If I can be perfectly honest here, it would be absolutely wonderful if parents wished to embrace Hannah and the Hollow Tree – goodness, what an honour that would be – but I would wish, more than anything, that parents would embrace our home and protect it like they would their own children because their future depends upon it. That, is the message that runs like a river through the novels.

Image result for hannah and the hollow tree

Do you have any plans to write any more books and if so can you tell us anything about what we can expect from them?

Yes, absolutely! I couldn’t ever stop writing. I am currently working on Book Two: Gaia’s Revenge, which I wrote for my dissertation during my MA. Hannah’s worlds, yes, worlds, have completely opened up as she faces the reality of who she is and the fate that awaits her and, indeed, all of humanity. There are more mythical creatures to battle with, new allies in the forms of gryphons and warrior witches, along with favourites from the first book. Hannah develops in terms of powers and strength as her new family grows and her maternal side flourishes. Running through Gaia’s Revenge is nature in all its glory, starkness and beauty and this is something I really want to shine, just how incredible our natural world is and that it is worth saving because by doing so, we save ourselves.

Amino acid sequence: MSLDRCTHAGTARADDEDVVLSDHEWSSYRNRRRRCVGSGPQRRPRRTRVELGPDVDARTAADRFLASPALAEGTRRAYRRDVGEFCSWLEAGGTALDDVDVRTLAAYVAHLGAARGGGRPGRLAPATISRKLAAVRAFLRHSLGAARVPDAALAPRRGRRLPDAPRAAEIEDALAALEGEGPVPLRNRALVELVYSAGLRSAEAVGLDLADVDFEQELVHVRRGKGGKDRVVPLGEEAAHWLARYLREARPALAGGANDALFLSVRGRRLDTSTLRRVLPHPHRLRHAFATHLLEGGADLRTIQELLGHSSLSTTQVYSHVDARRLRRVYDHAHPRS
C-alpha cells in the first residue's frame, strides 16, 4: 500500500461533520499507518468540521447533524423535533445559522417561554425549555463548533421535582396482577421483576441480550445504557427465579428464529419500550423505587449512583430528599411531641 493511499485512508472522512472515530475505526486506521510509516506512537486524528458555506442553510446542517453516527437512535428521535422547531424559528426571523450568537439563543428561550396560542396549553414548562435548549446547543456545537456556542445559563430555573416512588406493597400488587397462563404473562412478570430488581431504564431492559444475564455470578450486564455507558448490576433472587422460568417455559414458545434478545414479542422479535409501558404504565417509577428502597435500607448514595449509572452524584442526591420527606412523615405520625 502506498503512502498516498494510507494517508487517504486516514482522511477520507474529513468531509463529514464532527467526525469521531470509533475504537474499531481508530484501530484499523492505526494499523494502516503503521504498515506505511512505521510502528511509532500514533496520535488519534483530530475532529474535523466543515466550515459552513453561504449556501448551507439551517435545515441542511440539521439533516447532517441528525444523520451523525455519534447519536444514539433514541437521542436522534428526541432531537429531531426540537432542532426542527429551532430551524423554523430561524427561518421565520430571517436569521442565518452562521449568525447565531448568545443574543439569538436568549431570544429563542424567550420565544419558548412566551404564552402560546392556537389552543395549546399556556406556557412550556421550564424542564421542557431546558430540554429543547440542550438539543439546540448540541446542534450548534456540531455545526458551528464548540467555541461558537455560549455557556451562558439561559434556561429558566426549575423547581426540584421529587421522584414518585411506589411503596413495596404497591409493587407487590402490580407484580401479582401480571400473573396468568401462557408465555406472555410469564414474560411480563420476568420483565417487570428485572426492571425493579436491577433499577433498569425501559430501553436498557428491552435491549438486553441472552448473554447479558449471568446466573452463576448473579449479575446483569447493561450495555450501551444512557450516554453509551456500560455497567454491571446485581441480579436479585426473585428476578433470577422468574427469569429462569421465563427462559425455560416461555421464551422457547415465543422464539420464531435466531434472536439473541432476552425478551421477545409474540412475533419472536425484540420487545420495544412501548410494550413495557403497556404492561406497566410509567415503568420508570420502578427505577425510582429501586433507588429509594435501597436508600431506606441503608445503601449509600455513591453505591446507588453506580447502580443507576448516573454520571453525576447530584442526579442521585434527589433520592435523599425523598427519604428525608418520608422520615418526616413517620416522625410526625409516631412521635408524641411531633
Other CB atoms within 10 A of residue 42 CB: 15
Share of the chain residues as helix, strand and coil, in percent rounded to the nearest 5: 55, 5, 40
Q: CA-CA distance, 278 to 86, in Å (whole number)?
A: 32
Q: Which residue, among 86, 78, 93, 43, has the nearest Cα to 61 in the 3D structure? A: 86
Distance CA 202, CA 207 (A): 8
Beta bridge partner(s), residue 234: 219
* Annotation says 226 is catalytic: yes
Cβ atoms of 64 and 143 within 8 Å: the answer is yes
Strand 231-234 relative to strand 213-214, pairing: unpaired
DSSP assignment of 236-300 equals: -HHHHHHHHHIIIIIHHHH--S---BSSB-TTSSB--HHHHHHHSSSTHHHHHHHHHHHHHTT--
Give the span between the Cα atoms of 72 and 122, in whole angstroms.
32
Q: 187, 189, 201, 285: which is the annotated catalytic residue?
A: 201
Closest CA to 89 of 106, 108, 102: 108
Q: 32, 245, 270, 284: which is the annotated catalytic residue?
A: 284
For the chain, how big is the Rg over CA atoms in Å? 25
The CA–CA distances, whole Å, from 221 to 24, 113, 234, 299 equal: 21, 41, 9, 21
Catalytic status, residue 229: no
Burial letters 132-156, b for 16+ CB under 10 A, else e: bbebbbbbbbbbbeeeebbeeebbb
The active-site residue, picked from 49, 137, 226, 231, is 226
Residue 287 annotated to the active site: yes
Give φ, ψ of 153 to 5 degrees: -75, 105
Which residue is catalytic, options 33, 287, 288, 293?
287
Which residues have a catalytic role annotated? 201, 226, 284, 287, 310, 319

Is there anything else you would like to let my readers know about?

Yes please, to co-inside with National Storytelling Week, I will be releasing a Secret Chapter from Hannah &Th Hollow Tree and this can be obtained by subscribing to my mailing list from the 26th January. You can purchase your copies, if you wish, from amazon.